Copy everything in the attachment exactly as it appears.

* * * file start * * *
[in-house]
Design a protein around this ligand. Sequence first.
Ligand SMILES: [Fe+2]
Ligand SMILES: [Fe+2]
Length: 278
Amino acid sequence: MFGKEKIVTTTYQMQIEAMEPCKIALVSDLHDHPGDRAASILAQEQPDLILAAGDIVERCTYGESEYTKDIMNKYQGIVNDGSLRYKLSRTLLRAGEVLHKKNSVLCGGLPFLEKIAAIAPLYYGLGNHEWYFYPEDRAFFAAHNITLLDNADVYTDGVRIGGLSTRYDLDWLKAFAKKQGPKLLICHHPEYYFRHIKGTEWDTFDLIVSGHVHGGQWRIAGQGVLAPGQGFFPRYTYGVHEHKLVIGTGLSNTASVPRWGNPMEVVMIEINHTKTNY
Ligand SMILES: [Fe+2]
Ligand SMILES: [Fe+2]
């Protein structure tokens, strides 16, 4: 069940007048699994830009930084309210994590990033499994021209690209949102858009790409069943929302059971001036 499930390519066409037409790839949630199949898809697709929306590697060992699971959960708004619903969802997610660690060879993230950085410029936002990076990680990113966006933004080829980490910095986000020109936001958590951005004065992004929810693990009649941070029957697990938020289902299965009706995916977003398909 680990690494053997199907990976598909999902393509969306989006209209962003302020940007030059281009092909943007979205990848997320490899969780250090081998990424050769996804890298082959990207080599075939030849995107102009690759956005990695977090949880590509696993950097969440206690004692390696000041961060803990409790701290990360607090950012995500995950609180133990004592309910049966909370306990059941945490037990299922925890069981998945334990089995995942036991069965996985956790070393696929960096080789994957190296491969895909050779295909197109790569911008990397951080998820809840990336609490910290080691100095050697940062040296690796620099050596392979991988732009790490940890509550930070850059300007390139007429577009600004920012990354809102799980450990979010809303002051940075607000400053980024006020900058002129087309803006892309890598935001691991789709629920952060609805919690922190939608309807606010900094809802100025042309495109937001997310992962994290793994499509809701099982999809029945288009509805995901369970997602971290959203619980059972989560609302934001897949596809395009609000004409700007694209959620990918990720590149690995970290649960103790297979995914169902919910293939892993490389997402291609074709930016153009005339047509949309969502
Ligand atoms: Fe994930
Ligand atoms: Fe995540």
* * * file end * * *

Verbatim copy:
[in-house]
Design a protein around this ligand. Sequence first.
Ligand SMILES: [Fe+2]
Ligand SMILES: [Fe+2]
Length: 278
Amino acid sequence: MFGKEKIVTTTYQMQIEAMEPCKIALVSDLHDHPGDRAASILAQEQPDLILAAGDIVERCTYGESEYTKDIMNKYQGIVNDGSLRYKLSRTLLRAGEVLHKKNSVLCGGLPFLEKIAAIAPLYYGLGNHEWYFYPEDRAFFAAHNITLLDNADVYTDGVRIGGLSTRYDLDWLKAFAKKQGPKLLICHHPEYYFRHIKGTEWDTFDLIVSGHVHGGQWRIAGQGVLAPGQGFFPRYTYGVHEHKLVIGTGLSNTASVPRWGNPMEVVMIEINHTKTNY
Ligand SMILES: [Fe+2]
Ligand SMILES: [Fe+2]
């Protein structure tokens, strides 16, 4: 069940007048699994830009930084309210994590990033499994021209690209949102858009790409069943929302059971001036 499930390519066409037409790839949630199949898809697709929306590697060992699971959960708004619903969802997610660690060879993230950085410029936002990076990680990113966006933004080829980490910095986000020109936001958590951005004065992004929810693990009649941070029957697990938020289902299965009706995916977003398909 680990690494053997199907990976598909999902393509969306989006209209962003302020940007030059281009092909943007979205990848997320490899969780250090081998990424050769996804890298082959990207080599075939030849995107102009690759956005990695977090949880590509696993950097969440206690004692390696000041961060803990409790701290990360607090950012995500995950609180133990004592309910049966909370306990059941945490037990299922925890069981998945334990089995995942036991069965996985956790070393696929960096080789994957190296491969895909050779295909197109790569911008990397951080998820809840990336609490910290080691100095050697940062040296690796620099050596392979991988732009790490940890509550930070850059300007390139007429577009600004920012990354809102799980450990979010809303002051940075607000400053980024006020900058002129087309803006892309890598935001691991789709629920952060609805919690922190939608309807606010900094809802100025042309495109937001997310992962994290793994499509809701099982999809029945288009509805995901369970997602971290959203619980059972989560609302934001897949596809395009609000004409700007694209959620990918990720590149690995970290649960103790297979995914169902919910293939892993490389997402291609074709930016153009005339047509949309969502
Ligand atoms: Fe994930
Ligand atoms: Fe995540």